Toronto’s stately University Avenue is lined with Stalinesque office buildings built to house government agencies and insurance companies in respectable 1950s blandness. So, it comes as a shock to hit the 14th floor of one sandstone skyscraper and find a company called Kaboose that features bottles of Heinz ketchup in its reception area and a photo of Lucille Ball and Desi Arnaz in its boardroom — alongside an Apple poster that reads, “Think Different.”
But then, Kaboose Inc. has never been a conformist kind of business. Founded in 1999 to create Internet content for kids, it challenged the dot-com slump by buying up kid-oriented websites. Then it changed focus from entertaining children to educating their moms. For a while, Kaboose’s founders, Jason DeZwirek and Eric Yuzpe, had a lot of ‘splaining to do. But now, with soaring ad revenue and 10 million users a month, they’re starting to reap the rewards of thinking different — and no longer have to ‘splain themselves to anyone.
“We’re not trying to be everything to all people,” says DeZwirek, Kaboose’s hard-driving CEO. “We’re all about moms of children under 12 — not women in general, not kids.”
Clearly, Kaboose is all about strategy, too. After a few false starts, this is a company that has found its sweet spot — and is using strategic targeting, aggressive financing and creative partnerships to stand out in the treacherous shoals of the Internet. Sales have grown more than 1,000% since 2003. Just a year after going public through a humble reverse takeover on the TSX Venture Exchange, the firm has tapped the public markets for $37 million and graduated to the TSX. And how’s this for an incomplete list of business partners: Heinz, Mattel, McDonald’s, Hewlett-Packard and Mercedes-Benz. As such, Kaboose is a good model for many other Canadian entrepreneurial businesses searching for gold on the Internet — or in any other overcrowded market in which patience and focus are the keys to success.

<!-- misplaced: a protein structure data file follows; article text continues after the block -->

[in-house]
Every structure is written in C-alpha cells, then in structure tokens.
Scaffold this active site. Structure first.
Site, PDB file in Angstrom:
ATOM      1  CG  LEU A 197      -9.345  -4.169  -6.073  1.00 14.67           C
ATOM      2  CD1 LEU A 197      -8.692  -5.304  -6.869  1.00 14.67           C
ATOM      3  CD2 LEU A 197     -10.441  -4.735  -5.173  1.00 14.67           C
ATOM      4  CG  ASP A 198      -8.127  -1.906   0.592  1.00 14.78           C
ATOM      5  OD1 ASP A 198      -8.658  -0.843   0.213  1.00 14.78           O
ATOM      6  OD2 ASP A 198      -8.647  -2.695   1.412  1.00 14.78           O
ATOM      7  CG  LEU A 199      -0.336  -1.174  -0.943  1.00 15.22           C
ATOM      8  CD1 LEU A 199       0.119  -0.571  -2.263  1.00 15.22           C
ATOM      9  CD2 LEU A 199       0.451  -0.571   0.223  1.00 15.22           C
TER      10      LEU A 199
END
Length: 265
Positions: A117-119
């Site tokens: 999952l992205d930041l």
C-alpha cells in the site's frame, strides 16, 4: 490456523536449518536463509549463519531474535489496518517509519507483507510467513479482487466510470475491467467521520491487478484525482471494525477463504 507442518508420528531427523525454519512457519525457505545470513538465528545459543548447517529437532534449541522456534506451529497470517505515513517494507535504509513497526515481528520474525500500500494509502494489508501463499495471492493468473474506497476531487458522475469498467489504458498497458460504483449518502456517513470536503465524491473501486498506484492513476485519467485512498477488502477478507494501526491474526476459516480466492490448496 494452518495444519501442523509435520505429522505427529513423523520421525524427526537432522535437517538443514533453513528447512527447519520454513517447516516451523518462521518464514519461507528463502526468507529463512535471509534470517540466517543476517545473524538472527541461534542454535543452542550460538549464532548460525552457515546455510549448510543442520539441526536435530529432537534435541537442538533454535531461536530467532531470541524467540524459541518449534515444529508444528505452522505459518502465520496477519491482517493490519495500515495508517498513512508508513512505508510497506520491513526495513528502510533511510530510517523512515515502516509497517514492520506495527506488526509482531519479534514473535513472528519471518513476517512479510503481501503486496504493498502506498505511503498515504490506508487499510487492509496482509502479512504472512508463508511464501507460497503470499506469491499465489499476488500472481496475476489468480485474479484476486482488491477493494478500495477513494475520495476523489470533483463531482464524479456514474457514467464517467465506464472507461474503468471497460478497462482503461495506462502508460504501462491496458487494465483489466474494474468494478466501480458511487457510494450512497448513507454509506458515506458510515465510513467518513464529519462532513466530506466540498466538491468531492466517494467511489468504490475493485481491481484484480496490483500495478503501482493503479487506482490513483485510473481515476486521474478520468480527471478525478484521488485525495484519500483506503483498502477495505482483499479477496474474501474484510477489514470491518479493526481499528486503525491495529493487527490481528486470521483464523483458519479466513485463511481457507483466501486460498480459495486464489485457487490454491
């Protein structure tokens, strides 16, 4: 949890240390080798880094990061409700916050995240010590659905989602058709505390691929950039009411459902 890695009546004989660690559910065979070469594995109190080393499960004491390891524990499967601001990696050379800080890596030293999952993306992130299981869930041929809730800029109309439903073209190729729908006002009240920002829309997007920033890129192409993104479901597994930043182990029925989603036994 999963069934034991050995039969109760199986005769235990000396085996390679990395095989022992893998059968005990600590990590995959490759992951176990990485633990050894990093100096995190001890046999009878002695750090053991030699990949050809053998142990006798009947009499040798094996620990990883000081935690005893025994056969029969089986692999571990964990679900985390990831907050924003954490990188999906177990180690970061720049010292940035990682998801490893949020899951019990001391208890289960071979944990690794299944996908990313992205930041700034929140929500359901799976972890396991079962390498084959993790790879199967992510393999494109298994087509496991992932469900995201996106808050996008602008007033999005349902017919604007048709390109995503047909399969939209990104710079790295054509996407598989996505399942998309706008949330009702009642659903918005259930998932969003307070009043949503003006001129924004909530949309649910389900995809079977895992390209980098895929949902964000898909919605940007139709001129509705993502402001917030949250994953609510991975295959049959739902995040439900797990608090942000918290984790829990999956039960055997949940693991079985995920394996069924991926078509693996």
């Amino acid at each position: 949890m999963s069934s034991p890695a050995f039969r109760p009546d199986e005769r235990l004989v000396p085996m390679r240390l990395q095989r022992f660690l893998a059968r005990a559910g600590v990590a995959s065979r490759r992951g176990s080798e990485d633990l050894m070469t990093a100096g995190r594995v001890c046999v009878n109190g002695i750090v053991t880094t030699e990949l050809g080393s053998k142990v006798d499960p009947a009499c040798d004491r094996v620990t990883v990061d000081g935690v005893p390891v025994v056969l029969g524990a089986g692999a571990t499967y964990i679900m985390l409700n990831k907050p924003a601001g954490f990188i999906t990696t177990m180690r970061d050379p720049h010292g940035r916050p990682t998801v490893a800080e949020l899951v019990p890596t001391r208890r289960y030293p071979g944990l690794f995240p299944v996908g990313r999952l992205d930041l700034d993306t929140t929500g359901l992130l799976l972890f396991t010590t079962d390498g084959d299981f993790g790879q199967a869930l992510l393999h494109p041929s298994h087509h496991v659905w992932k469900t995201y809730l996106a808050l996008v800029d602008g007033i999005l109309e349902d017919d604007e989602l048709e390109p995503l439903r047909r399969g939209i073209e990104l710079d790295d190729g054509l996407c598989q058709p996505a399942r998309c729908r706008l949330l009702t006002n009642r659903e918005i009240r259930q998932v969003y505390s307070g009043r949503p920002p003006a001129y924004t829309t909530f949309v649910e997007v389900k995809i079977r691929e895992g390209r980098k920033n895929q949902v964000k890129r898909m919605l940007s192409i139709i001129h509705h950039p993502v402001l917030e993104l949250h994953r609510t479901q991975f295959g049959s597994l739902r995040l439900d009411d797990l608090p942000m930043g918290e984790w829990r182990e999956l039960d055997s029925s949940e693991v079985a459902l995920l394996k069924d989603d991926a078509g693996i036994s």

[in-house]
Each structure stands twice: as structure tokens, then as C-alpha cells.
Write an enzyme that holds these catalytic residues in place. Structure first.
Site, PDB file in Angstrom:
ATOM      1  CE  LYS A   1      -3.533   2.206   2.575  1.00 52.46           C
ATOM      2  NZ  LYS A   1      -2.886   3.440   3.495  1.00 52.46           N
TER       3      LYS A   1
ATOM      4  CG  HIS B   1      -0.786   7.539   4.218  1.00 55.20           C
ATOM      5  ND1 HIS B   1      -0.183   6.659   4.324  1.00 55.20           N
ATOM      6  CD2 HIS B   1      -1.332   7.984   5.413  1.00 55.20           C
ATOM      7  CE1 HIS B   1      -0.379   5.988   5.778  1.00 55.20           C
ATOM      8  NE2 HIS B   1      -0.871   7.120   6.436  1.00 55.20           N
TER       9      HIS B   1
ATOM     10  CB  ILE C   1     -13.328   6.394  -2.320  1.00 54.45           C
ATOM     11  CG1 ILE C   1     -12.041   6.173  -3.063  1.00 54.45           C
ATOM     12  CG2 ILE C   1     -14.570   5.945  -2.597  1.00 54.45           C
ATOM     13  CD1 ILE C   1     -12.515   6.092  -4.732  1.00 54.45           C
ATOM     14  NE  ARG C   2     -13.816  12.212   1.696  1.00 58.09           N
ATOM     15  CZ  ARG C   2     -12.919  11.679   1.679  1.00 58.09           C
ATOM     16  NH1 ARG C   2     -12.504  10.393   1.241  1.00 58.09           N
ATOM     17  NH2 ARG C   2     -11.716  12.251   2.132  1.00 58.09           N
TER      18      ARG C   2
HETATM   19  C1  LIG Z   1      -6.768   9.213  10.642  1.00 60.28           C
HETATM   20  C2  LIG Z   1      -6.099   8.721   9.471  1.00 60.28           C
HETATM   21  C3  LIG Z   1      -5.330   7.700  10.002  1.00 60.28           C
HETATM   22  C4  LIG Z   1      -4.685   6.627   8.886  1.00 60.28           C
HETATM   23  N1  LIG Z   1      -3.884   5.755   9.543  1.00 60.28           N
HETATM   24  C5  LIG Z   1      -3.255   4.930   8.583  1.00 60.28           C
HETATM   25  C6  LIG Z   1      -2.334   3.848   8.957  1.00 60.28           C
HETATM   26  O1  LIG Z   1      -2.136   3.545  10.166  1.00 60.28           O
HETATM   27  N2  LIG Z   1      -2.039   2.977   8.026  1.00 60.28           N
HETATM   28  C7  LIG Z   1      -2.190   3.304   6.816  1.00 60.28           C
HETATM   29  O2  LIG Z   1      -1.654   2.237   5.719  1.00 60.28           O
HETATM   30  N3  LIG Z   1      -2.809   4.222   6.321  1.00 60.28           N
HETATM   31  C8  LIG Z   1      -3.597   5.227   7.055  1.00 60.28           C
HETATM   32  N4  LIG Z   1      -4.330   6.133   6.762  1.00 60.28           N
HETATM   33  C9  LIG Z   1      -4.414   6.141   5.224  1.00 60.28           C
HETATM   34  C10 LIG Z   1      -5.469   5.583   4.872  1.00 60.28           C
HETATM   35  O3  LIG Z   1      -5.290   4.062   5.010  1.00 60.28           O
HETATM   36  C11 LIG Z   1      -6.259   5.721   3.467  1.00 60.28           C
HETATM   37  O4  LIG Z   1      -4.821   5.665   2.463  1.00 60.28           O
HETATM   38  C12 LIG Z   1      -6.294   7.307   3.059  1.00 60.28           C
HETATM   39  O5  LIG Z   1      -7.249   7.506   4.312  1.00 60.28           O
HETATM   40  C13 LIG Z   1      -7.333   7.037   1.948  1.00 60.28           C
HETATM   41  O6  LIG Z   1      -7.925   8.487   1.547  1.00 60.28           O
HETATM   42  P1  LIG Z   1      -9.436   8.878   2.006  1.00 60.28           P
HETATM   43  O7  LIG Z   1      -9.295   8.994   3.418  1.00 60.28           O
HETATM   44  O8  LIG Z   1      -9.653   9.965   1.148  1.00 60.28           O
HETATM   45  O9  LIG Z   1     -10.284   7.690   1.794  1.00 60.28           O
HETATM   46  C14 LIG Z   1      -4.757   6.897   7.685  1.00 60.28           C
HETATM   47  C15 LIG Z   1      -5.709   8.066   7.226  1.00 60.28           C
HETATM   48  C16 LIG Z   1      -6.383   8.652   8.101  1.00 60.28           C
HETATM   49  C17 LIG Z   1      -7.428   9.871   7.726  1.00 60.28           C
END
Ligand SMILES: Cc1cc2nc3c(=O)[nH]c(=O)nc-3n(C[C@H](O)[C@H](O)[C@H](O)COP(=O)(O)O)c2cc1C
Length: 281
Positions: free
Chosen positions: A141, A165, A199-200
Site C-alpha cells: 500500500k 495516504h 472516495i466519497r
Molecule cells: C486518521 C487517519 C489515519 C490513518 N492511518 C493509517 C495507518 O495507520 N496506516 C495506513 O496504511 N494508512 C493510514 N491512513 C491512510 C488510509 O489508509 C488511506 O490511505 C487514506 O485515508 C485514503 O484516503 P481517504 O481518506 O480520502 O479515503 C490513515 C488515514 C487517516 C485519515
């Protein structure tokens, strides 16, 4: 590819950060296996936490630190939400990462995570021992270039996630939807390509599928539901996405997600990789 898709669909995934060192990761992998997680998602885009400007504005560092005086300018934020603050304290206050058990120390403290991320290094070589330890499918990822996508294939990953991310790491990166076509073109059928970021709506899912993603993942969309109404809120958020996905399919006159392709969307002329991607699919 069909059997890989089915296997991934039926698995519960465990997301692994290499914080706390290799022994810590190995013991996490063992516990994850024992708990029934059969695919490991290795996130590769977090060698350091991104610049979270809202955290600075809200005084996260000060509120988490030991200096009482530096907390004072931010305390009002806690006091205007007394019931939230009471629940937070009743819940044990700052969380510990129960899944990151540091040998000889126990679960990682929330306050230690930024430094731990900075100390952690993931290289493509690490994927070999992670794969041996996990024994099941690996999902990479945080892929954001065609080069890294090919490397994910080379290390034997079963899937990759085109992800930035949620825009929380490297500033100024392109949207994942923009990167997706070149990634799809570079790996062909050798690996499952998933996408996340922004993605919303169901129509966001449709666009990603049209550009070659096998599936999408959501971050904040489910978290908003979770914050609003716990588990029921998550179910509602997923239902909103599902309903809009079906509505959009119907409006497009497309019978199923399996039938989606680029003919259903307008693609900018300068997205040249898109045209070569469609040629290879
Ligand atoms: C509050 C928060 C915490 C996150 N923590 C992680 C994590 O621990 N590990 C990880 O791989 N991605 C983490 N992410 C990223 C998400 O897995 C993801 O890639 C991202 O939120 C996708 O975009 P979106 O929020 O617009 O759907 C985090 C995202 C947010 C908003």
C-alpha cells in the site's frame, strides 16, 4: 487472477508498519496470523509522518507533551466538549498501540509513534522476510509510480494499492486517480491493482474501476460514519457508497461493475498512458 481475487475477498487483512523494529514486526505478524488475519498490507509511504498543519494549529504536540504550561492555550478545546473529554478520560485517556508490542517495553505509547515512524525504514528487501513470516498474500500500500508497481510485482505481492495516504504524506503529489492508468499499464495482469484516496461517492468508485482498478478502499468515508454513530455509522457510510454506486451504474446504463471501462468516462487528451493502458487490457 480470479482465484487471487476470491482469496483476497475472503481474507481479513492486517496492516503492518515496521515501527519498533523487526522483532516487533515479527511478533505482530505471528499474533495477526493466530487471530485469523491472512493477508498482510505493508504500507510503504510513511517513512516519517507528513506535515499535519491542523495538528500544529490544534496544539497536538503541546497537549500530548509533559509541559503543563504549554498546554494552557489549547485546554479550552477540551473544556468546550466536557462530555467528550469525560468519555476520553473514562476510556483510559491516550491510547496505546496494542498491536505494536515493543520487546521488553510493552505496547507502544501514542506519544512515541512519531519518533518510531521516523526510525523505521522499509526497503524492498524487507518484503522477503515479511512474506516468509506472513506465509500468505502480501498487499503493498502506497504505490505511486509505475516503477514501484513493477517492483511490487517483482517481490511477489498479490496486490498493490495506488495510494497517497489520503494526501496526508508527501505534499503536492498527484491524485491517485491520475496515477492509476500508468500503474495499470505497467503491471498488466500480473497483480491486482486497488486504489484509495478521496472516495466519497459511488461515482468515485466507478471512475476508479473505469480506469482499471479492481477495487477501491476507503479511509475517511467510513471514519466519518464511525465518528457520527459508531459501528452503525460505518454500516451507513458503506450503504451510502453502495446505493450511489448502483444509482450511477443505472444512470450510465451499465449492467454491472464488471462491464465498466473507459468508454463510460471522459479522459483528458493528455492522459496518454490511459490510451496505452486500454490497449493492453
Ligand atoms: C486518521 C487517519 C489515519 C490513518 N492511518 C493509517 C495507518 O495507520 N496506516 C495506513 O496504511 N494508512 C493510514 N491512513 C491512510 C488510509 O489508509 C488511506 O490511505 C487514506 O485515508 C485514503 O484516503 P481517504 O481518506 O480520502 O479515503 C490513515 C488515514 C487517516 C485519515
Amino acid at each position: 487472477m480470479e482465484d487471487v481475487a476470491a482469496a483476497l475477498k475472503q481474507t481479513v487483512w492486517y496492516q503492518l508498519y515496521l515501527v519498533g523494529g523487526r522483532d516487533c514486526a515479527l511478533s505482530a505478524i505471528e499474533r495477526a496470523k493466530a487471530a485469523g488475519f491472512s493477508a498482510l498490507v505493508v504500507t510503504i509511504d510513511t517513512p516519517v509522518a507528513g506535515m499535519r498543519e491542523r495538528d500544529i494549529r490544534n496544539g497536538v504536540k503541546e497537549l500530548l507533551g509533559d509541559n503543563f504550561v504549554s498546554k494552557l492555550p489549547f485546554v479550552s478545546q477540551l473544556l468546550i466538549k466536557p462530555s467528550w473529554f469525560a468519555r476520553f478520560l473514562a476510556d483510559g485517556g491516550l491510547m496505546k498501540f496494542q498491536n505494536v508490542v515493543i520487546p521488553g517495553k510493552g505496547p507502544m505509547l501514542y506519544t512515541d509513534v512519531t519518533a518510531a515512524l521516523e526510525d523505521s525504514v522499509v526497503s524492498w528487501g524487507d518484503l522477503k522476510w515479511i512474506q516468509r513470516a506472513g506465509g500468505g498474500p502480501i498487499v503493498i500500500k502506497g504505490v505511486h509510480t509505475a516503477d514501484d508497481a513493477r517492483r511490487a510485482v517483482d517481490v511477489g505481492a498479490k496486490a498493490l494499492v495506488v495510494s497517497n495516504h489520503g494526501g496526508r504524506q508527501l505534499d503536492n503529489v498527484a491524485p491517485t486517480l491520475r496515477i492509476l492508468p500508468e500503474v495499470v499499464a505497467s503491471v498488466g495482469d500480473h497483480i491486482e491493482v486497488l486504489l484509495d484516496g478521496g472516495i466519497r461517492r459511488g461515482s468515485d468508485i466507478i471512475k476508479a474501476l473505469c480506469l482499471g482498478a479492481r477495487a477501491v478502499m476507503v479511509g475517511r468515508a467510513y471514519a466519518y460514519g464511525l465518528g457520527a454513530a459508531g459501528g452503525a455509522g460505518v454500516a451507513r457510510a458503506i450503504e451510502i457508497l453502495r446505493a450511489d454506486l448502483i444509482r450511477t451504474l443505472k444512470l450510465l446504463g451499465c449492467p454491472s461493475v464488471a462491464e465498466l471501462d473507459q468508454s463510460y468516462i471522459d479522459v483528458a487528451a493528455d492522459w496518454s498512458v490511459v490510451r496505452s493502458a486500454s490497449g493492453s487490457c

Kaboose’s new niche demonstrates why the right focus goes a long way. Everyone wants to connect with Mom. In the U.S. alone, there are more than 20 million mothers of children under 12, making US$1.5 trillion worth of buying decisions a year. Moms are avid Internet users, spending hours online every day researching information on parenting, health, education, baby care, fashion, food and movies. “One of the reasons Kaboose is successful is that we have a niche audience, but not a niche topic,” says DeZwirek. Most specialty websites — technology or music sites, for example — appeal to a narrow range of advertisers. “Kaboose attracts all kinds of advertisers, in all categories,” he says, “so there is much less risk.”
The proof, as your mom might say, is in the pudding. Today, Kaboose boasts more than two million registered users (return visitors who can be tracked and cross-promoted by Kaboose and its advertisers). It’s now North America’s largest independent online media company in the kids-and-family market — a sector dominated by giants such as Disney, NBC Universal, AOL and MSN. Better still, advertising revenue has soared. For the nine months ended Sept. 30, 2006, Kaboose grew 200% to $11.7 million in revenue. The company also reported its first ever quarterly profit, of $500,000 — a $1-million turnaround from the same period a year before.
But then, there’s a lot of pressure on Kaboose to succeed. When it went public a year ago on the TSX Venture Exchange, it did so as Canada’s only publicly traded, pure-play online media company. The Globe and Mail and the TSX both hailed Kaboose as a welcome symbol of economic diversification in a sea of junior-resource stocks. It was a heady debut for a company whose websites feature Christmas crafts and “New Parent No-No’s.” And it is also a useful reminder for other Canadian entrepreneurs that there’s opportunity everywhere if you’re willing to be patient, offer a high-quality product and ready to leap whenever you see an opening.